Finally, I've made a lot of assumptions and generalizations here.  Am I even in the ballpark?  What am I missing?  What have I got wrong?  I suspect I'll be told that I need to become a hobbyist until I retire in 20 years and then go pro.  Unfortunately, that may end up being the most realistic option.  But if there's a way to do it in five without winning the lottery or starving my family I'd sure be interested in knowing.  If you fit the basic description of "professional" and have some advice (encouraging or discouraging) or a story to tell, please respond.
« Last Edit: October 18, 2009, 12:25:30 AM by Gerald »

frangallo

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Re: Going Pro
« Reply #1 on: October 15, 2009, 01:08:59 AM »
You can do it. The first thing you have to do is convince yourself you can. Don't paint houses and pretend you're a furniture maker. Make furniture, starve, pay alimony. There's not an easy answer. Unfortunately you will be running an orbital sander 8 hours a day ( or night). That's the great thing about being self employed!You only have to work half a day and you get to choose which 12 hours you work!
50K? Do the math. If you pay yourself as a part-time secretary, which you are, and have a mark up of 42% for this secretarial work and a modest 8% margin included, to pull 50K profit you need to turn over 50K X 1.42 or 71,000 a year. That's $5917 per month, for you. Now you have to convince a whole bunch of people in a whole bunch of economic strata that giving you 6 grand a month plus the cost of materials is better than buying a wad of pus made in China from Target every year or so.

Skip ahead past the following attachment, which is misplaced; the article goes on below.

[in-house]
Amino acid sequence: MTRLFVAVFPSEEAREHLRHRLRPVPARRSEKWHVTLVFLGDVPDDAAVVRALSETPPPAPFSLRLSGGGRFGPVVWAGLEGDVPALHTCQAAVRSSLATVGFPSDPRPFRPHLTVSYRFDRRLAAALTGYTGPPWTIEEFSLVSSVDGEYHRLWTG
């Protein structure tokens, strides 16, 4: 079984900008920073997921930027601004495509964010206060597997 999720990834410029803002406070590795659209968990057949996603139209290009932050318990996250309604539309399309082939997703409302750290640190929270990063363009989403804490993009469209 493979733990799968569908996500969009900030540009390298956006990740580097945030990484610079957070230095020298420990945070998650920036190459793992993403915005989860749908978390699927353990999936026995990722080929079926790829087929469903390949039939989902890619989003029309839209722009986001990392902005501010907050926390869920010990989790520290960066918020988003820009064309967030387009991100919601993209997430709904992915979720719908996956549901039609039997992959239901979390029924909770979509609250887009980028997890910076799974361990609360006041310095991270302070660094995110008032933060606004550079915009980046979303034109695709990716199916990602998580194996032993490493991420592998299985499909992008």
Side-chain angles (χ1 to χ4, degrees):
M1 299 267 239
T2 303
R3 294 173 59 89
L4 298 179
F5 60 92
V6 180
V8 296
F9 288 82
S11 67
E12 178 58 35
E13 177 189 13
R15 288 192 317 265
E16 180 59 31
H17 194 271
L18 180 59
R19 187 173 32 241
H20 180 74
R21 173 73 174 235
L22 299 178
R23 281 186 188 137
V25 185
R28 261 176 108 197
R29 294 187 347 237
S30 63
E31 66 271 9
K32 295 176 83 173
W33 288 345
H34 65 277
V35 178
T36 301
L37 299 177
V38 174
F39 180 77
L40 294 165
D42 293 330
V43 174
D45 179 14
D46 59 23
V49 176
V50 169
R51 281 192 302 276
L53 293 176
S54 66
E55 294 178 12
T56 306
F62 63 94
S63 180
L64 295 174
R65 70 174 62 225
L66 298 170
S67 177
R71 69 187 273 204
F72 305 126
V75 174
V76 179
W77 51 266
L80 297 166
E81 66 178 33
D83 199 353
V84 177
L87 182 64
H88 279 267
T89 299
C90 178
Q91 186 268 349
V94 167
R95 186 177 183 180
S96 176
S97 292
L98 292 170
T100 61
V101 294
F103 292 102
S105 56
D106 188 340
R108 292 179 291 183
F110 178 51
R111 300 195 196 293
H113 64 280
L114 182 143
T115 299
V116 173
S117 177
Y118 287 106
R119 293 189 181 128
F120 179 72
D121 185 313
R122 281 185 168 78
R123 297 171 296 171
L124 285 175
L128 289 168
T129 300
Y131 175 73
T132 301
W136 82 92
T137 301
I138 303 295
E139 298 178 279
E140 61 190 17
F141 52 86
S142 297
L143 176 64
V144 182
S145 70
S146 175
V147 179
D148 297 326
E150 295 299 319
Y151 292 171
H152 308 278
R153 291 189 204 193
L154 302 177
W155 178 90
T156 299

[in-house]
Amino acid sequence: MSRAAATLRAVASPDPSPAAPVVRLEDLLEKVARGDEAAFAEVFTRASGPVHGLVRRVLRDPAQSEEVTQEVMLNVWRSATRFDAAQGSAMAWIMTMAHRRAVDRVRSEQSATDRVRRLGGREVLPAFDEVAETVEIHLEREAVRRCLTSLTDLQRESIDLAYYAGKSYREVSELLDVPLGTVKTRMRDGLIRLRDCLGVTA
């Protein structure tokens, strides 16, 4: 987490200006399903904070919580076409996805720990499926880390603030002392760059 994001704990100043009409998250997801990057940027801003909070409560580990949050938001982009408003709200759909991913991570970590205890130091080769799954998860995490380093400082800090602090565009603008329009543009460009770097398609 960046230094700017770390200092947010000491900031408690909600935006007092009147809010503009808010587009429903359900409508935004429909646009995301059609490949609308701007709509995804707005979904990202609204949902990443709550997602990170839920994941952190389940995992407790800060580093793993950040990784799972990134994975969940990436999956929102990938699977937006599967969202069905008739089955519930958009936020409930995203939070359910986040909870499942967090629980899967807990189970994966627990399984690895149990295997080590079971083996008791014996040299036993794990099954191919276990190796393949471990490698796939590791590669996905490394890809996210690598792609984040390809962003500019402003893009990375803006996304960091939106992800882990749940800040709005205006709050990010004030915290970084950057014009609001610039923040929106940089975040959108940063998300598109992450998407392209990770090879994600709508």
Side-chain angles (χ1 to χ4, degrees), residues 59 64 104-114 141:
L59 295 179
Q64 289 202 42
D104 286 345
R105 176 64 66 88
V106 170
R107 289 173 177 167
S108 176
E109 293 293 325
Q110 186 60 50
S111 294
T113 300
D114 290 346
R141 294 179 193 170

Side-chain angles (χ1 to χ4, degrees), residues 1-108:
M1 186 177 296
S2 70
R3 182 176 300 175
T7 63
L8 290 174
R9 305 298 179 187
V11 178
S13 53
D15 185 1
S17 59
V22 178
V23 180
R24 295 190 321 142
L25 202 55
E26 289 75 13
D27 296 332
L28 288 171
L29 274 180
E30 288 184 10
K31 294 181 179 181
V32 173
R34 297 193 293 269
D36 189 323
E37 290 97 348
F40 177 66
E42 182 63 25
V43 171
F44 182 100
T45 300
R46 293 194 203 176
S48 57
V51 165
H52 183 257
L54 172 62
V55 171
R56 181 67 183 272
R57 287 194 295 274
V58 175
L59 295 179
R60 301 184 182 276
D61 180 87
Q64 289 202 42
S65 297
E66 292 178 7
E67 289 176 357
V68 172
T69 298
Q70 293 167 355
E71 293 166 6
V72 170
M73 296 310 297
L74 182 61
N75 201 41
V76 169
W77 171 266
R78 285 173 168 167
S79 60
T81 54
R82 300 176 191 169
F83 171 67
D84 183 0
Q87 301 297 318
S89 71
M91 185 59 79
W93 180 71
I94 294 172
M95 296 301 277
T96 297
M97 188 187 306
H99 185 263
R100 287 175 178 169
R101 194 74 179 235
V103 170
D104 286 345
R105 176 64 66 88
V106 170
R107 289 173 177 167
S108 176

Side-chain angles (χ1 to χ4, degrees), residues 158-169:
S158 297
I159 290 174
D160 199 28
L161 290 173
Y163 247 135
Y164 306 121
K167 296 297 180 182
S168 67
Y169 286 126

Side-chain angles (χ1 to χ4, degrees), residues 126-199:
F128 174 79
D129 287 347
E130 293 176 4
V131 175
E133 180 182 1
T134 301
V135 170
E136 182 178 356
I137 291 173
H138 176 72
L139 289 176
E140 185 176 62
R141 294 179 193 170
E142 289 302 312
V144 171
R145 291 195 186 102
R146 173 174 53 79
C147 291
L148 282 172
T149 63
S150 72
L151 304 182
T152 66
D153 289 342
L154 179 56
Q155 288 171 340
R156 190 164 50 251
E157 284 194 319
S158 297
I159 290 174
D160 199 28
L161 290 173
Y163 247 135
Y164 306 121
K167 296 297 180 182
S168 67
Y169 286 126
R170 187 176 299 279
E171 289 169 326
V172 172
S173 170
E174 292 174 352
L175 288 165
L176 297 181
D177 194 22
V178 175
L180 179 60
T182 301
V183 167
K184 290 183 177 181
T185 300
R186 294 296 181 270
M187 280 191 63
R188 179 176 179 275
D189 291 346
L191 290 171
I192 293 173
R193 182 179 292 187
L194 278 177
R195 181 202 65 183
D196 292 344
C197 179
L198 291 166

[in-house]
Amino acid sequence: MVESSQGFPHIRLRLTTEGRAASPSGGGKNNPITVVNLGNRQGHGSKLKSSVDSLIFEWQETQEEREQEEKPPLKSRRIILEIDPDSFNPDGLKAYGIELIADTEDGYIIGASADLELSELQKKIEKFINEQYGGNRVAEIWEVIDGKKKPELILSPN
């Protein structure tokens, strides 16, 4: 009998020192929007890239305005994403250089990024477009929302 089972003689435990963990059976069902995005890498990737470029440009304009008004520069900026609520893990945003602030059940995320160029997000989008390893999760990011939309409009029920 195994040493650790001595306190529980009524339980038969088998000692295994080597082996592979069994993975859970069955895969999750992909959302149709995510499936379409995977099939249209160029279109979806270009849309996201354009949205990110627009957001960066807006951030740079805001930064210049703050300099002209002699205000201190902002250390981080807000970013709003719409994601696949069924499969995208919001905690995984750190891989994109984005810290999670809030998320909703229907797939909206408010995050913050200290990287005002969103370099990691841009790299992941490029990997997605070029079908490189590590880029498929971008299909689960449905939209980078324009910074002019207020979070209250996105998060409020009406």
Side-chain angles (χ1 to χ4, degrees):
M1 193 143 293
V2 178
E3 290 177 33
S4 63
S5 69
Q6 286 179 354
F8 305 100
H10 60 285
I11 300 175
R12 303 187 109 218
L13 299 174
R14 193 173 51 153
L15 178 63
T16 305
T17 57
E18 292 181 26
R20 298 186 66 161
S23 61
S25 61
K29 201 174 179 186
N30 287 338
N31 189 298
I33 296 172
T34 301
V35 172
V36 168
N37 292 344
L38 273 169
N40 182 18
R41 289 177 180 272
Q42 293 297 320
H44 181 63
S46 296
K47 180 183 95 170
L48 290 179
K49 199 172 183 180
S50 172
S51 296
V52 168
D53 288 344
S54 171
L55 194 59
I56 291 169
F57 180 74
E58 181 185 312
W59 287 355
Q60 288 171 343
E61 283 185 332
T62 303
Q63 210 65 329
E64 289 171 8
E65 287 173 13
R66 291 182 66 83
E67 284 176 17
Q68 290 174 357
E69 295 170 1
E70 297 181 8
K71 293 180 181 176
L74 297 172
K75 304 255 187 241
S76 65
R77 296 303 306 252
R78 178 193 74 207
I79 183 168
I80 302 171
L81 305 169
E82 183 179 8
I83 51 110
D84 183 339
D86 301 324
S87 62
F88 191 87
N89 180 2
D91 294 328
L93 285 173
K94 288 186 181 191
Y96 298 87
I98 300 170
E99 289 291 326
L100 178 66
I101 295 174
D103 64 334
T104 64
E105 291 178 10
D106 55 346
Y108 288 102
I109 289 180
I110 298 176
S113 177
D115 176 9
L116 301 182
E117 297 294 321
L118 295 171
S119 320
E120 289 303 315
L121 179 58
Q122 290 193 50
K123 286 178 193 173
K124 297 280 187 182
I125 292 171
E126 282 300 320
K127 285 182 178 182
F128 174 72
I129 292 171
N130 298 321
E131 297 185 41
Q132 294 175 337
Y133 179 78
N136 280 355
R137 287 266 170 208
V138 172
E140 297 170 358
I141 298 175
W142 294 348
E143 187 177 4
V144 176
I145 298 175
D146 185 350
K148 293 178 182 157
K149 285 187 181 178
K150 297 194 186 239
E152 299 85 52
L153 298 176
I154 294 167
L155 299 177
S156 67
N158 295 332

I built a shop out of a forty foot deep garage next to the house I bought. I turned it into a shop for 23 thousand ( that includes a bunch of lie nielsen tools and a sawstop) My federal tax advantage from this investment amounts to about 1300 dollars deducted not from my tax liability but from my net income after the years deductions for business. WOW!
I know a guy who does nothing but make kitchen cabinets and built-ins. His average monthly turnover is 53,000. Lets deduct his pay as secretary and allow him his margin (which he really needs to reinvest) He now has 37,324.00. The industrial space he occupies is reasonable. He has 7,000 sq ft for only $4.18 per square foot per month. There goes $29,260.
Unfortunately the city came down on him for his finishing space and he had to build a HEPA exhausted paint booth within his work space. This 80,000 is ammortized over 25 yrs. There goes another $600.00. Now his out going is $29860. So his gross is $7464. Wow! That's 1735 a week! Holy schamoly!  Deduct health insurance, alimony/child support, auto. Let's go back.
53,000 X 12 = 636,000 a year. This guys gross (personal, after business deductions, is 90,000. 90K is about 14% of his gross operating budget before personal expenses. Think about this.
Can you pull $6000 a month? Easy. Can you do it without spending the majority of time wadding pus together? That depends on you and your ability to stomach pasta 4 nights a week and hot dogs the other 3. Good luck! Let me know how it goes.
There is a tide in the affairs of men which, taken at the flood, leads on to fortune.

albreed

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Re: Going Pro
« Reply #2 on: October 15, 2009, 07:00:19 AM »
Gerald- Fran has obviously done the math and I think he's on the money.
I, however, have become whatever it is that I am, through the "build it and they will come" theory. Granted, I started in 1976, but the trick is keep your overhead low and educate your clients. There's no way they can appreciate what work goes into a piece without you showing and telling them. The smarter they are about craft in general, the more willing they are to part with the money for a piece. We aren't competing with cheap furniture, we're competing with Porsche for their extra money. So basically you need to find people that love hand work, not those who want to show the world they've made it.-Al
Allan Breed

msiemsen

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Re: Going Pro